The problem with many contractor companies is whether the shares in question actually have any underlying capital value in any event. However, comfort can be taken from the decision in Arctic Systems where a spouse was permitted to subscribe for a share in a company, the income of which derived from the husband’s skills. HMRC argued that the dividends should be taxed on the husband because the wife’s shares were no more than a right to income (the company had no apparent underlying capital value).

However, the House of Lords found that the wife’s share was more than just a right to income, it was an ordinary share conferring the right to vote and to participate in the distribution of assets on a winding-up and to block a special resolution. Following the decision, despite HMRC’s initial intention to change the legislation, this has not happened and at the present time it is still possible for contractors to transfer shares carrying full rights to their spouse (or partner or adult child) and not fall foul of the settlement regime.

Transfers between spouses are exempt from capital gains tax. Where the shares are gifted to partners or adult children the same issues apply regarding the settlement rules, although a capital gains tax hold-over relief claim would be needed to hold-over the gain on the gift of shares. However, a note of caution about gifts of shares to parties other than spouses, once the shares have been transferred they are very difficult to get back in the event of a breakdown in the relationship. I always recommend that a shareholders agreement should be signed in conjunction with the gift. The desire to save tax should never override sound commercial decision making.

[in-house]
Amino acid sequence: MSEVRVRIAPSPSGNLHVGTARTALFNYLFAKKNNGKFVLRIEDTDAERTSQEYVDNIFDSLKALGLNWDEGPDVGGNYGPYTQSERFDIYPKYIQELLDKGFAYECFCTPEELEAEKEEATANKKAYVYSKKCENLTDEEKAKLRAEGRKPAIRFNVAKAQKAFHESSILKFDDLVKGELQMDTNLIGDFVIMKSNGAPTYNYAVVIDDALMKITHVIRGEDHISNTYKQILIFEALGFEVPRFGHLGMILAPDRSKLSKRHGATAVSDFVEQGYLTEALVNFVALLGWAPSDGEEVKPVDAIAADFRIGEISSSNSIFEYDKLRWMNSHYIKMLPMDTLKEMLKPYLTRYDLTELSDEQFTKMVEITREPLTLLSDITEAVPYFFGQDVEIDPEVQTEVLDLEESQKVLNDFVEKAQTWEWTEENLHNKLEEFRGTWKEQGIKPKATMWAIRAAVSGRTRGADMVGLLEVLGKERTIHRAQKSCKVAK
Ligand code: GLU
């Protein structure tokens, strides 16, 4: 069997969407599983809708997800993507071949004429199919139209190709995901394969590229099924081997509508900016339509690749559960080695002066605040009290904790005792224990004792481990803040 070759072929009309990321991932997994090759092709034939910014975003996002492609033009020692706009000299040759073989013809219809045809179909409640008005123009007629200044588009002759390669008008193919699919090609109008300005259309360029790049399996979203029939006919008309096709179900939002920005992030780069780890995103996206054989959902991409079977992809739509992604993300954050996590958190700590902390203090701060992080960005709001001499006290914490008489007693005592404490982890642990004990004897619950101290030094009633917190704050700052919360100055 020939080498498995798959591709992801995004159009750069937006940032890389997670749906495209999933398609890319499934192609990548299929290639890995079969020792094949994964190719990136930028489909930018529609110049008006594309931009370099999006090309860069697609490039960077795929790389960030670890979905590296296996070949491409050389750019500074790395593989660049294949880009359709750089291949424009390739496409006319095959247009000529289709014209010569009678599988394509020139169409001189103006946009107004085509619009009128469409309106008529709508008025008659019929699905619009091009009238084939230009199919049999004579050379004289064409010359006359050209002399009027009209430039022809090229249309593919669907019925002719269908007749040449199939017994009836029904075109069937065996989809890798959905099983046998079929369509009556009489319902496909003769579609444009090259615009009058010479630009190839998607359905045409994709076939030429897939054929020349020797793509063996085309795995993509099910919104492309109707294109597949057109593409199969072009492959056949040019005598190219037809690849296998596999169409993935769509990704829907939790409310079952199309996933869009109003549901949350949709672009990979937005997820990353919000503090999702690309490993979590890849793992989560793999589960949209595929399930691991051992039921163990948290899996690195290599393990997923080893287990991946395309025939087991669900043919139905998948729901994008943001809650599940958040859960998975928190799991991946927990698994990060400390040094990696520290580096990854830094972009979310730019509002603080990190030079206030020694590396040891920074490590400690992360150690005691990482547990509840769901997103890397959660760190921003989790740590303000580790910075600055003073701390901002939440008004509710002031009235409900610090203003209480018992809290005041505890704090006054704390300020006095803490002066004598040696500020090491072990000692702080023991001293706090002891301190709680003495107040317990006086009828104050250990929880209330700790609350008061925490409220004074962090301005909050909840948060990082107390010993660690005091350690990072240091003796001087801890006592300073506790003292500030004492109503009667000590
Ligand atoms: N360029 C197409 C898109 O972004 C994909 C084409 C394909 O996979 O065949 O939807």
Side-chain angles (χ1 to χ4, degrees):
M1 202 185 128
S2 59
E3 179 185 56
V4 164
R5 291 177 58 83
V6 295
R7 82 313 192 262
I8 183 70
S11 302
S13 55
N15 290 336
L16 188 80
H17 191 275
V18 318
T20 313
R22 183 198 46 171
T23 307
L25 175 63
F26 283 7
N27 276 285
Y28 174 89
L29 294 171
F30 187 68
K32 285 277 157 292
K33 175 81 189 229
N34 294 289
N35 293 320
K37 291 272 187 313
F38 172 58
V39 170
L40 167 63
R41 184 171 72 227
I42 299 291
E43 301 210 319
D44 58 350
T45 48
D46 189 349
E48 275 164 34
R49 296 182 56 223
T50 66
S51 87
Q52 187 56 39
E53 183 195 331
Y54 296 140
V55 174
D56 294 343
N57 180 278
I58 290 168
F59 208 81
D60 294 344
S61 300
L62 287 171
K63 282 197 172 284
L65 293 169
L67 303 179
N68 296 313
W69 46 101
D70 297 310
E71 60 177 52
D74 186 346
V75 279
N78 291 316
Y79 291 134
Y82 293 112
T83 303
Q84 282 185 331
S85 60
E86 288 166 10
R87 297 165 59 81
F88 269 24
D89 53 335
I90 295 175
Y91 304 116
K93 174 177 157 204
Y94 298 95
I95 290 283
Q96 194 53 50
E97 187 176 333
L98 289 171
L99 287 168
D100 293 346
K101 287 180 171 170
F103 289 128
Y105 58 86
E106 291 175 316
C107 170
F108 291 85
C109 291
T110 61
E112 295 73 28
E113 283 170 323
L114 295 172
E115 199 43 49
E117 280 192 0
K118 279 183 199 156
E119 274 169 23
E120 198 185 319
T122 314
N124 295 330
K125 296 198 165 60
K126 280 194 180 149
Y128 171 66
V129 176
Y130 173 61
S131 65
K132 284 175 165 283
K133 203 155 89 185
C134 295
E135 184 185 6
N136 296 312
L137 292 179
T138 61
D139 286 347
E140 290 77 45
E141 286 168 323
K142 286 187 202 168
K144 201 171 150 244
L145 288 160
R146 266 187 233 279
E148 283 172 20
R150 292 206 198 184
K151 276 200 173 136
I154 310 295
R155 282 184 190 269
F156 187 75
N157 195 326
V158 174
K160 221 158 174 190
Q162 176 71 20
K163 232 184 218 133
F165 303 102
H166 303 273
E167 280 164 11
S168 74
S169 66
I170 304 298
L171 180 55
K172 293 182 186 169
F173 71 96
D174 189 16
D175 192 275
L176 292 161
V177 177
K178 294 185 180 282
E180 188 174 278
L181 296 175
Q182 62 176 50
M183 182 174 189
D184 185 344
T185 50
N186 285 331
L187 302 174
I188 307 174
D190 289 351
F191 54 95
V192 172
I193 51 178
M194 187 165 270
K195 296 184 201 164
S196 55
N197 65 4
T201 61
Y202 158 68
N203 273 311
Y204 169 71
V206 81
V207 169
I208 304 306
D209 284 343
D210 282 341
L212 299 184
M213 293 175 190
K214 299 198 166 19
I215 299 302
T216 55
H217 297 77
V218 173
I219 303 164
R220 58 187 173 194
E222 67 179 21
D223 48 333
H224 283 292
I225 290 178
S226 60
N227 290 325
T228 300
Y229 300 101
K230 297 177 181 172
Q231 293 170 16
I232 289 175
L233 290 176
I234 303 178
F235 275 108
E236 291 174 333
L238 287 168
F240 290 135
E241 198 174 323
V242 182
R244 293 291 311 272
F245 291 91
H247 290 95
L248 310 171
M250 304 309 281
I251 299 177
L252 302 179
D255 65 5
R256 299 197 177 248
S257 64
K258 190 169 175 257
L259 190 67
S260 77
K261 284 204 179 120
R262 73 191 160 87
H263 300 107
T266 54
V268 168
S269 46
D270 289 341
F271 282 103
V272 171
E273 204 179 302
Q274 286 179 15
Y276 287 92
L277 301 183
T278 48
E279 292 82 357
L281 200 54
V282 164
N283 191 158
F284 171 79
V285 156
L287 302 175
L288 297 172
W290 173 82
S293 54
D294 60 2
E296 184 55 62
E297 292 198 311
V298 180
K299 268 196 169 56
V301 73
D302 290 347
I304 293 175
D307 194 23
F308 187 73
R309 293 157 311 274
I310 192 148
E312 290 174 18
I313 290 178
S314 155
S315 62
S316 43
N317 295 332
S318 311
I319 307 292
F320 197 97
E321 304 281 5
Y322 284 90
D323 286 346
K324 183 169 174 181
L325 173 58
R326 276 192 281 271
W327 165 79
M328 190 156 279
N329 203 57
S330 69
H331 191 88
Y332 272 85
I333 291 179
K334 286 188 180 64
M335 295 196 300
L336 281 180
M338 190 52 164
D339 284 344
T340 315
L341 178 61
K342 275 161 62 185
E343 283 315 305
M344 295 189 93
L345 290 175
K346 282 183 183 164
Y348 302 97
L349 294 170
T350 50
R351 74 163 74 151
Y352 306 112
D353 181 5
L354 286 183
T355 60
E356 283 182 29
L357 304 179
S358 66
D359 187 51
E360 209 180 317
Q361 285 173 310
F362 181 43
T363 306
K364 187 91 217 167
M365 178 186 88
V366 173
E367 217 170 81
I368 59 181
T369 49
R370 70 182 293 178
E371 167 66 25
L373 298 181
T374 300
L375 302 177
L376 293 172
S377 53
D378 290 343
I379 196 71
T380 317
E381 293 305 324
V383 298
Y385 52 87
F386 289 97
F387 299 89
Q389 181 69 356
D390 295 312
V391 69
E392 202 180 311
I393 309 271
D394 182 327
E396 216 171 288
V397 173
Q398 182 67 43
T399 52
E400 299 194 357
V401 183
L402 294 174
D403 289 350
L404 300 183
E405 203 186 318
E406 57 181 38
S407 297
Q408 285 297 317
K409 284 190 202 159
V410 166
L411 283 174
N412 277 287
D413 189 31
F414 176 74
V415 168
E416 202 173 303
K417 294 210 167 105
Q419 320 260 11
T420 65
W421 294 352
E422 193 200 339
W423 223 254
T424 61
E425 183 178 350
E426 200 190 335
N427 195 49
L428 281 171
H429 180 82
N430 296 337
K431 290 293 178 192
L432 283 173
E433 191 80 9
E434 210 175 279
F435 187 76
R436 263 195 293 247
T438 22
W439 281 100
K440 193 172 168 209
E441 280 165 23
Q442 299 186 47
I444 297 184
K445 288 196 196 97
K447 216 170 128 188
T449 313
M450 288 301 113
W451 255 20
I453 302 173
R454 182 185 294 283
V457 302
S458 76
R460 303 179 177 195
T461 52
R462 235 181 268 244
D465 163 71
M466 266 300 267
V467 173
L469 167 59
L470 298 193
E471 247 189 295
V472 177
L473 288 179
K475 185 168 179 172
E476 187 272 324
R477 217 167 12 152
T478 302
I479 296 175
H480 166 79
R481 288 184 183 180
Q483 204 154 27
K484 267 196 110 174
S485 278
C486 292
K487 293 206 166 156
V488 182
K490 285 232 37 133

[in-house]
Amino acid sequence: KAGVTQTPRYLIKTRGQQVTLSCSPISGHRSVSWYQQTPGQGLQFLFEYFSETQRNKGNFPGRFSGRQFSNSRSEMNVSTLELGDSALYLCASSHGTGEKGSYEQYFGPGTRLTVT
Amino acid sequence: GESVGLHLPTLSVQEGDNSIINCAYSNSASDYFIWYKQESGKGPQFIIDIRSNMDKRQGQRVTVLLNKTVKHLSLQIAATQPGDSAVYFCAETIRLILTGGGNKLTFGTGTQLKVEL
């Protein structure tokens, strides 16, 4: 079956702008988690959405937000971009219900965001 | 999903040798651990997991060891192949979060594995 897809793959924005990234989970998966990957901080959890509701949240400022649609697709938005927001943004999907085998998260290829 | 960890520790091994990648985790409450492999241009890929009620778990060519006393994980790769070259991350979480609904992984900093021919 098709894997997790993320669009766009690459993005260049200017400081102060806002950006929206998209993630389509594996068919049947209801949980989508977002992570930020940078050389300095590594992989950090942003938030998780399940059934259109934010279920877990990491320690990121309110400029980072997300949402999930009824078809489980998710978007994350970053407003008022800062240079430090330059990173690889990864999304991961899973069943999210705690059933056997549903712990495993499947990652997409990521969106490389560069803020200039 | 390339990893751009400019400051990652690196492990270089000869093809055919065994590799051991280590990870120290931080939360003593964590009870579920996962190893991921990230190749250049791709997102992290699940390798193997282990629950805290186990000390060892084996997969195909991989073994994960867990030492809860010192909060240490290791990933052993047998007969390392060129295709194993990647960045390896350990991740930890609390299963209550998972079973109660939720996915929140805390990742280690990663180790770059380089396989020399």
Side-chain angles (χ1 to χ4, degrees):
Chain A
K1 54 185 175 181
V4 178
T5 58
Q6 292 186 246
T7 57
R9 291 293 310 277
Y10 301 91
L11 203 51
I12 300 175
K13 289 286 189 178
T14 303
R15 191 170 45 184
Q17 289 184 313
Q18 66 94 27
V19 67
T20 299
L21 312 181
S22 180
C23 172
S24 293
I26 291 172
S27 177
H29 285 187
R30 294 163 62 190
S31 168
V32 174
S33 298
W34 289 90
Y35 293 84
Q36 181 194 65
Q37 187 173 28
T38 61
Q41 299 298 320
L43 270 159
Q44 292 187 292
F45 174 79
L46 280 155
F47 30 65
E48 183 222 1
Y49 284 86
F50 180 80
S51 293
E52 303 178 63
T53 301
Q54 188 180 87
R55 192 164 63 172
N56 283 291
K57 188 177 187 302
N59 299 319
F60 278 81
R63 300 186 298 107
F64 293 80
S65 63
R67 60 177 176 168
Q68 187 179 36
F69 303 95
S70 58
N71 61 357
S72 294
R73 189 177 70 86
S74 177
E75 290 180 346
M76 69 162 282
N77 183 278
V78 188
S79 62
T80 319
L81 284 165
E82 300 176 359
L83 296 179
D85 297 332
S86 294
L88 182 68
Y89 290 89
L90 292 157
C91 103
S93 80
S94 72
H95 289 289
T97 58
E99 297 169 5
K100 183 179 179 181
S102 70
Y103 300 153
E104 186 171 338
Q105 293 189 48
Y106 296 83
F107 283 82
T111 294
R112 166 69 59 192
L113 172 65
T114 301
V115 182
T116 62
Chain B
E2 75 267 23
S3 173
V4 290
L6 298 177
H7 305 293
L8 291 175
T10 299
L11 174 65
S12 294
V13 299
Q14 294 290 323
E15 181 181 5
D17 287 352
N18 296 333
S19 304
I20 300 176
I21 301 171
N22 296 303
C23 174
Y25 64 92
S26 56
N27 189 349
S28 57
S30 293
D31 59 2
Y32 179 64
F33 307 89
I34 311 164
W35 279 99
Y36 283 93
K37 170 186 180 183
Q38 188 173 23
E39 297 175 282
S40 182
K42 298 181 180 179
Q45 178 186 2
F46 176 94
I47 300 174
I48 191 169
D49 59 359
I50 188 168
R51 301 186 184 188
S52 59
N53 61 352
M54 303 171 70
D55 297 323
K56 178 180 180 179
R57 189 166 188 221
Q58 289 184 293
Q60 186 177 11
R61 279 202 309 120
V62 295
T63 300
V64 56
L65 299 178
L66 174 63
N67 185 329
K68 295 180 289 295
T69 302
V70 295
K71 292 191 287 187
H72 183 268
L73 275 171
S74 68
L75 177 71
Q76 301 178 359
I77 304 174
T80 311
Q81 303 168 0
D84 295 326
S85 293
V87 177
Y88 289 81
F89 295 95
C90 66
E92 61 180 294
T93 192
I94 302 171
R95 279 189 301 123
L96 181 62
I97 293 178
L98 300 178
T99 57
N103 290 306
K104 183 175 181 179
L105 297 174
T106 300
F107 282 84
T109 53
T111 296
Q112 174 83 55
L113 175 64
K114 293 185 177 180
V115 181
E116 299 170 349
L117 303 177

I also recommend that dividend waivers are avoided and if it is intended to pay different levels of dividend, alternative classes of share should be created.

What are the tax savings of a gift?

That depends very much on the levels of income received by each party. For example if the spouse has no other income they would be able to receive a dividend of up to £16,000 free of tax. If the spouse making the gift would have been taxable at the higher rates on the same dividend then the tax saving would be £5,525! If the donee spouse had other income but would be within the basic rate band then the saving would only be £4,700, in each case it would be important to do the sums as the savings may not always be so generous.